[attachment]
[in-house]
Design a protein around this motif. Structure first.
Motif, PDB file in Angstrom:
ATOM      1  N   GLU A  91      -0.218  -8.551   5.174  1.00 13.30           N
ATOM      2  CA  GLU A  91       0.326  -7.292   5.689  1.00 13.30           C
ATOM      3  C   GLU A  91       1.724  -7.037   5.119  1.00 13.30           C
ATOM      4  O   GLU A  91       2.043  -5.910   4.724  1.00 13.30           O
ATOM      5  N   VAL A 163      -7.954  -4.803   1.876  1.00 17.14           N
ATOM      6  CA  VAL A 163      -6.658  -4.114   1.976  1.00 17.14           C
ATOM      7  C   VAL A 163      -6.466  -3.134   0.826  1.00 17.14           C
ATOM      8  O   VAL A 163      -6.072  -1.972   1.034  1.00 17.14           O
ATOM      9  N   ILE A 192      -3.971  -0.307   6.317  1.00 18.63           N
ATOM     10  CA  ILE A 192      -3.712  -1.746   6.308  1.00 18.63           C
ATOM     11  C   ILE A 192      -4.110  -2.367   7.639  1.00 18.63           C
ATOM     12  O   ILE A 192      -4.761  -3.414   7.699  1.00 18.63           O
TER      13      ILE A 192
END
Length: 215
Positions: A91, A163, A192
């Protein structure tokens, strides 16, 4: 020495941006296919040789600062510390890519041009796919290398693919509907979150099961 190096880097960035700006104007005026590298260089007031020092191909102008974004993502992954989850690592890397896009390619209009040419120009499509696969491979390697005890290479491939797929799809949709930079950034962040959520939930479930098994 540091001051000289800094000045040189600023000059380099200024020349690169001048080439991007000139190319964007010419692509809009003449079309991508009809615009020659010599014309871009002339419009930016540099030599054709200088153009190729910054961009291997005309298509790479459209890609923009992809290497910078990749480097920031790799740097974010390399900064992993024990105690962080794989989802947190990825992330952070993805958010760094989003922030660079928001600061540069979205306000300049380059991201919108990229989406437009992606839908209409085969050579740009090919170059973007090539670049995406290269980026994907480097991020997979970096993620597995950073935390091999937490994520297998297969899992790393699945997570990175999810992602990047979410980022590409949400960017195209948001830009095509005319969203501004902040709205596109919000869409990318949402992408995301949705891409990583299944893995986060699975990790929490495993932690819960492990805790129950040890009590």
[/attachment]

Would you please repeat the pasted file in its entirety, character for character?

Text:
[in-house]
Design a protein around this motif. Structure first.
Motif, PDB file in Angstrom:
ATOM      1  N   GLU A  91      -0.218  -8.551   5.174  1.00 13.30           N
ATOM      2  CA  GLU A  91       0.326  -7.292   5.689  1.00 13.30           C
ATOM      3  C   GLU A  91       1.724  -7.037   5.119  1.00 13.30           C
ATOM      4  O   GLU A  91       2.043  -5.910   4.724  1.00 13.30           O
ATOM      5  N   VAL A 163      -7.954  -4.803   1.876  1.00 17.14           N
ATOM      6  CA  VAL A 163      -6.658  -4.114   1.976  1.00 17.14           C
ATOM      7  C   VAL A 163      -6.466  -3.134   0.826  1.00 17.14           C
ATOM      8  O   VAL A 163      -6.072  -1.972   1.034  1.00 17.14           O
ATOM      9  N   ILE A 192      -3.971  -0.307   6.317  1.00 18.63           N
ATOM     10  CA  ILE A 192      -3.712  -1.746   6.308  1.00 18.63           C
ATOM     11  C   ILE A 192      -4.110  -2.367   7.639  1.00 18.63           C
ATOM     12  O   ILE A 192      -4.761  -3.414   7.699  1.00 18.63           O
TER      13      ILE A 192
END
Length: 215
Positions: A91, A163, A192
């Protein structure tokens, strides 16, 4: 020495941006296919040789600062510390890519041009796919290398693919509907979150099961 190096880097960035700006104007005026590298260089007031020092191909102008974004993502992954989850690592890397896009390619209009040419120009499509696969491979390697005890290479491939797929799809949709930079950034962040959520939930479930098994 540091001051000289800094000045040189600023000059380099200024020349690169001048080439991007000139190319964007010419692509809009003449079309991508009809615009020659010599014309871009002339419009930016540099030599054709200088153009190729910054961009291997005309298509790479459209890609923009992809290497910078990749480097920031790799740097974010390399900064992993024990105690962080794989989802947190990825992330952070993805958010760094989003922030660079928001600061540069979205306000300049380059991201919108990229989406437009992606839908209409085969050579740009090919170059973007090539670049995406290269980026994907480097991020997979970096993620597995950073935390091999937490994520297998297969899992790393699945997570990175999810992602990047979410980022590409949400960017195209948001830009095509005319969203501004902040709205596109919000869409990318949402992408995301949705891409990583299944893995986060699975990790929490495993932690819960492990805790129950040890009590």